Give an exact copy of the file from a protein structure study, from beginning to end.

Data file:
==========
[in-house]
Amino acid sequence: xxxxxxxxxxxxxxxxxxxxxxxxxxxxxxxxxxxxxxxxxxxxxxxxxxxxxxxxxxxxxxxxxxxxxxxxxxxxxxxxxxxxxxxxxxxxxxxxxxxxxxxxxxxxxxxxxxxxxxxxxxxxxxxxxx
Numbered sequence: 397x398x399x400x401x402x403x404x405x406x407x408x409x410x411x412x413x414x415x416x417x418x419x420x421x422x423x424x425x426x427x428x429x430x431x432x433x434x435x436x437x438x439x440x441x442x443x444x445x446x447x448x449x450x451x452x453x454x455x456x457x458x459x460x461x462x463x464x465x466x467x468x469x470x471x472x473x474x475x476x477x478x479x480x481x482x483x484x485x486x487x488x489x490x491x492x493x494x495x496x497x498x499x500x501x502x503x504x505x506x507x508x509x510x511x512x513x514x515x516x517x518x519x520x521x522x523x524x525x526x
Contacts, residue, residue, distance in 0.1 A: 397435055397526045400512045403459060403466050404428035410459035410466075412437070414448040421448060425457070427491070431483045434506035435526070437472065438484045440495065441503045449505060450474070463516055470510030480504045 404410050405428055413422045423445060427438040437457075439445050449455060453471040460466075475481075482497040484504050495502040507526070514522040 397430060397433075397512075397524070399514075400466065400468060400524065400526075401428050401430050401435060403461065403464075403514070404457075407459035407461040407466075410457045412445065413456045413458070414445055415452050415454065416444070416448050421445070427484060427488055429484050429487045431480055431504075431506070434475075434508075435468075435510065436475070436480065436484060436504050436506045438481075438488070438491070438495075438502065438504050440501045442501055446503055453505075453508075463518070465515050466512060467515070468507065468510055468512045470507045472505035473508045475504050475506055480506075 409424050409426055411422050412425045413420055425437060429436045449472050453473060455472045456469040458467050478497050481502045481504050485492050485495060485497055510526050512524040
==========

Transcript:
[in-house]
Amino acid sequence: xxxxxxxxxxxxxxxxxxxxxxxxxxxxxxxxxxxxxxxxxxxxxxxxxxxxxxxxxxxxxxxxxxxxxxxxxxxxxxxxxxxxxxxxxxxxxxxxxxxxxxxxxxxxxxxxxxxxxxxxxxxxxxxxxx
Numbered sequence: 397x398x399x400x401x402x403x404x405x406x407x408x409x410x411x412x413x414x415x416x417x418x419x420x421x422x423x424x425x426x427x428x429x430x431x432x433x434x435x436x437x438x439x440x441x442x443x444x445x446x447x448x449x450x451x452x453x454x455x456x457x458x459x460x461x462x463x464x465x466x467x468x469x470x471x472x473x474x475x476x477x478x479x480x481x482x483x484x485x486x487x488x489x490x491x492x493x494x495x496x497x498x499x500x501x502x503x504x505x506x507x508x509x510x511x512x513x514x515x516x517x518x519x520x521x522x523x524x525x526x
Contacts, residue, residue, distance in 0.1 A: 397435055397526045400512045403459060403466050404428035410459035410466075412437070414448040421448060425457070427491070431483045434506035435526070437472065438484045440495065441503045449505060450474070463516055470510030480504045 404410050405428055413422045423445060427438040437457075439445050449455060453471040460466075475481075482497040484504050495502040507526070514522040 397430060397433075397512075397524070399514075400466065400468060400524065400526075401428050401430050401435060403461065403464075403514070404457075407459035407461040407466075410457045412445065413456045413458070414445055415452050415454065416444070416448050421445070427484060427488055429484050429487045431480055431504075431506070434475075434508075435468075435510065436475070436480065436484060436504050436506045438481075438488070438491070438495075438502065438504050440501045442501055446503055453505075453508075463518070465515050466512060467515070468507065468510055468512045470507045472505035473508045475504050475506055480506075 409424050409426055411422050412425045413420055425437060429436045449472050453473060455472045456469040458467050478497050481502045481504050485492050485495060485497055510526050512524040